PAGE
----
At this moment, I am wearing, very intentionally, the ring that was made for and worn by Bishop Chambers, the seventh Bishop of Springfield. And the pectoral cross that you saw me wearing when I had my black cassock on at the hotel was one made for and worn by Bishop White, the fourth Bishop of Springfield. As you may recall, when I was consecrated, Bishop Beckwith presented me with the crozier carried by Bishop Seymour, the first bishop of this diocese. These are all outward signs of the rich heritage that is ours in the Diocese of Springfield, signs that God has indeed been “our help in ages past.” As we move into the exciting future God has for us, we do not abandon that heritage. We take it with us. It is what drives us forward. But we have grown old, my friends. We have grown old in so many ways. And when we hear God say, “Behold, I make all things new,” we hear him saying that to us. And so, the crozier that I carried into this liturgy, the sign of the bishop’s ministry as shepherd and leader, is my own new one, one of the many gifts I have received from the clergy and faithful of this diocese. Perhaps it will also one day “live” in the diocesan archive room, and be brought out by a future bishop as a sign of God’s faithfulness to us, now, in this generation, in this season of our life together. For us now, though, it is a sign of promise. If the cross and ring worn by previous bishops are, together, a sign of our heritage pushing us into the future, this new crozier, together with the new ring and the new cross made for and worn by the eleventh Bishop of Springfield, are, together, a sign of God pulling us into the future that he has prepared for us. The past pushes us into the future; the future pulls us into itself. The same God who was our help in ages past is our “hope for years to come.”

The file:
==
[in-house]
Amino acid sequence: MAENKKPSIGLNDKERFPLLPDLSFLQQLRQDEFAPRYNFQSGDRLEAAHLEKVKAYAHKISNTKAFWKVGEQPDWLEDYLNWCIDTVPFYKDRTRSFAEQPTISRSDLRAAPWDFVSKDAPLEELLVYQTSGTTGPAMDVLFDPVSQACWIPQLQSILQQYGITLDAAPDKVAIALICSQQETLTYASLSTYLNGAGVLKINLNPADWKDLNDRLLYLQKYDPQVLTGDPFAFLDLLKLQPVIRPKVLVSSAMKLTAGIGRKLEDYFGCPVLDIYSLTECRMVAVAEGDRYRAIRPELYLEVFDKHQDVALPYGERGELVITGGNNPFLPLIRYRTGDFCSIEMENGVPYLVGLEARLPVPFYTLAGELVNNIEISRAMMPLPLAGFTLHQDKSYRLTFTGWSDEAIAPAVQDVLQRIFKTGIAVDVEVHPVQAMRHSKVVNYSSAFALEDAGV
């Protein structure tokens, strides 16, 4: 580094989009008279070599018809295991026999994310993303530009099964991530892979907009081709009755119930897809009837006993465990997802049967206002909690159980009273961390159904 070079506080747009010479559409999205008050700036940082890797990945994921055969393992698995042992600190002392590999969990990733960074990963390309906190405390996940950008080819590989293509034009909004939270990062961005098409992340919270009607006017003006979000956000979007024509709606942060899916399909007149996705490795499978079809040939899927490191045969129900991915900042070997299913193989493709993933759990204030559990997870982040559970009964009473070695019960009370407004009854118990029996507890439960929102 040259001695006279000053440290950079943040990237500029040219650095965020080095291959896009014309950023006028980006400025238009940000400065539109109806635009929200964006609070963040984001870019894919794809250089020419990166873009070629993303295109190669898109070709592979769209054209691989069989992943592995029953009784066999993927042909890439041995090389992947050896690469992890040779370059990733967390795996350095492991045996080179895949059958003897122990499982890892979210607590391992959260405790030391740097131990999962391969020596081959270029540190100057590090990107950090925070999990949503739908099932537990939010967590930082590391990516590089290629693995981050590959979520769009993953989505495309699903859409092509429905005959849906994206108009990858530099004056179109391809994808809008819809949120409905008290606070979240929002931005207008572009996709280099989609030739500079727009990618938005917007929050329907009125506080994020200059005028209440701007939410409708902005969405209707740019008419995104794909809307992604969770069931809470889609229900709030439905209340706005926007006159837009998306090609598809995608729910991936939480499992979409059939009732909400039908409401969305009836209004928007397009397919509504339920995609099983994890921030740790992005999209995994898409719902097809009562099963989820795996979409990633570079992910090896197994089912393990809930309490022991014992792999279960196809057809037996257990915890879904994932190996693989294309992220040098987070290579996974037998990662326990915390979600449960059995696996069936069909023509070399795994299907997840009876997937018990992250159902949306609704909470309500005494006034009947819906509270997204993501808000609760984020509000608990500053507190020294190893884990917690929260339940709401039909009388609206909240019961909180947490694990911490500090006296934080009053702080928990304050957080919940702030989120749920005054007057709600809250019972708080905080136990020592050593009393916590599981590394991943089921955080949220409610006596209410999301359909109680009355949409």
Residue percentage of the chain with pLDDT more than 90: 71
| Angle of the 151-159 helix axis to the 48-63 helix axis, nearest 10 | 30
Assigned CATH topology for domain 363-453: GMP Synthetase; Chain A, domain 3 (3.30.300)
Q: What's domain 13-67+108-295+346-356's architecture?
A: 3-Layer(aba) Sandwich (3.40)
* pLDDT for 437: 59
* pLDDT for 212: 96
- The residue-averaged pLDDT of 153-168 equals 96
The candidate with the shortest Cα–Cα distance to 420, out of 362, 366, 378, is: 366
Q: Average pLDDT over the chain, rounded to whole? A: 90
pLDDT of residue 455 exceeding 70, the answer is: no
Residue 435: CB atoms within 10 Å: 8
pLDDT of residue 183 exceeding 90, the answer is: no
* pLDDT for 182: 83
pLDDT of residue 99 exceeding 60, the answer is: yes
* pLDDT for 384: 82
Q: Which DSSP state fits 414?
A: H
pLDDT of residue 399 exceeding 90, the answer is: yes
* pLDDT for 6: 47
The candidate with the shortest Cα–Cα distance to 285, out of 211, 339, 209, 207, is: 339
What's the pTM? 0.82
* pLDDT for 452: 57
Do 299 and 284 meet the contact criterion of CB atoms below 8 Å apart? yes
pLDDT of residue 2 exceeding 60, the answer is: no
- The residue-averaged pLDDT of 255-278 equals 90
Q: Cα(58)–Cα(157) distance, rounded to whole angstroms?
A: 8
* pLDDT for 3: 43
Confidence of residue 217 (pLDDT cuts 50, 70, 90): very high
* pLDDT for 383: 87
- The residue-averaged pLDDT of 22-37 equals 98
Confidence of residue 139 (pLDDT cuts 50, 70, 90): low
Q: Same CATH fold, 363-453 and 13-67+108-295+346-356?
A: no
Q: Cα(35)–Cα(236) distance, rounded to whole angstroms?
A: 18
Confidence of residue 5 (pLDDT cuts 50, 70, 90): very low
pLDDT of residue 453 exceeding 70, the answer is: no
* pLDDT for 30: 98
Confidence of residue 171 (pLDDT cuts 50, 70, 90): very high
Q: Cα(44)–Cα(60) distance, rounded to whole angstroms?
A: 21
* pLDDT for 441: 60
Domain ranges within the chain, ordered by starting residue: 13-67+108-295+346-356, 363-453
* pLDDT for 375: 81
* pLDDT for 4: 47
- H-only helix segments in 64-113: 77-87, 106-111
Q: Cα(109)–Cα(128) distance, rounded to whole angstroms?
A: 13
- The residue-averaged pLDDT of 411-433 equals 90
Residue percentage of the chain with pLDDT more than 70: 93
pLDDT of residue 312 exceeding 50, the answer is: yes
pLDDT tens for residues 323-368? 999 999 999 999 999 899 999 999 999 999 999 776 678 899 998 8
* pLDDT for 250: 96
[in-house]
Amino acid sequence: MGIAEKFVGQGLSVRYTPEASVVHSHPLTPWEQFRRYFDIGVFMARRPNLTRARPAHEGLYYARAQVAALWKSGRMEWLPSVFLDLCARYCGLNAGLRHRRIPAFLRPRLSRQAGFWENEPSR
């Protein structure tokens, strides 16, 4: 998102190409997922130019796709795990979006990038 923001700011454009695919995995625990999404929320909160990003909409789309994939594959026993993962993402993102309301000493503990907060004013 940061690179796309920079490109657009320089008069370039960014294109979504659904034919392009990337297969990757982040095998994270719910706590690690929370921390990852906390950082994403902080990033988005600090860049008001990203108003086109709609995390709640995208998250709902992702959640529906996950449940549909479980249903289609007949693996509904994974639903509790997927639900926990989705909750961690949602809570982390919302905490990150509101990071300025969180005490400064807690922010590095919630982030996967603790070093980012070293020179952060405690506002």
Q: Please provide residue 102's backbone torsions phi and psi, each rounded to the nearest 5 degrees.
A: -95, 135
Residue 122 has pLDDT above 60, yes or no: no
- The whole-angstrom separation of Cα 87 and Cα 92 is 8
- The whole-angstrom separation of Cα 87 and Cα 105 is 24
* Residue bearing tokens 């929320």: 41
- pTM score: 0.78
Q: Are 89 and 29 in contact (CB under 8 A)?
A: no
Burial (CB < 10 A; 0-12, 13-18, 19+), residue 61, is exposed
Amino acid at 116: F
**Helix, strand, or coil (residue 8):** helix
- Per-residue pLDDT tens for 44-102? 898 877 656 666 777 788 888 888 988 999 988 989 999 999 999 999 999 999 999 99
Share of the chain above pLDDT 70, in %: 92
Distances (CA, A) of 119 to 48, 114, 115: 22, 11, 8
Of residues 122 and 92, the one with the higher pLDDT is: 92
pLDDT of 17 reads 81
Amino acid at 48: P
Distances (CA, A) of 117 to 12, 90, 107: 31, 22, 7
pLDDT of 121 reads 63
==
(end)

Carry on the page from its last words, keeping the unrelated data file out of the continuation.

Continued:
“Behold, I make all things new.”

Our access to the power of renewal is through the paschal mystery, through that which we are gathered here to tap into right now. The death and resurrection of Jesus forms the pattern, the template, for our own redemption.  And it is through baptism and eucharist that we participate in that mystery. Baptism leads inexorably to eucharist, and eucharist, if it is done well, leads without fail to mission, and mission, if it is done faithfully, leads to more baptism, and the cycle repeats itself as the Church is continuously renewed.

In the paschal mystery—or, to be clearer, in our liturgical participation in the paschal mystery—time itself is suspended and transcended. We have this wonderful image that is presented to us in the Revelation to John, the image of the New Jerusalem—the essential sign of God’s renewing and redeeming activity—the New Jerusalem coming down from heaven as a bride adorned for her bridegroom. We, together, are the bride. Jesus is our bridegroom.  St Augustine tells us that this “coming down” is not just some future event that we look forward to; it is a continuous, ongoing action, an action that has been happening since the beginning of time. This is a mystical reality that we are invited to share in every time we come together at the altar of God, and particularly intensely, I might add, when the community of the baptized is gathered together with the Bishop, and the presbyters, and the deacons. We are, at this moment, forming an image, a living icon, of the completeness of the Church, and of the workspace in which God pursues his renewing and redeeming work.  

“Behold, I make all things new.”

As we prepare now to gather in heart and mind around the Lord’s Table, which signifies for us the heavenly altar at which the saints are gathered in glory, we first do well to be renewed in the hope of our baptism. So I invite you to stand with me now as we remind ourselves who we are, and whose we are; where we’ve been, where we are, and where we’re going.

(The liturgy continued immediately with the renewal of baptismal vows.)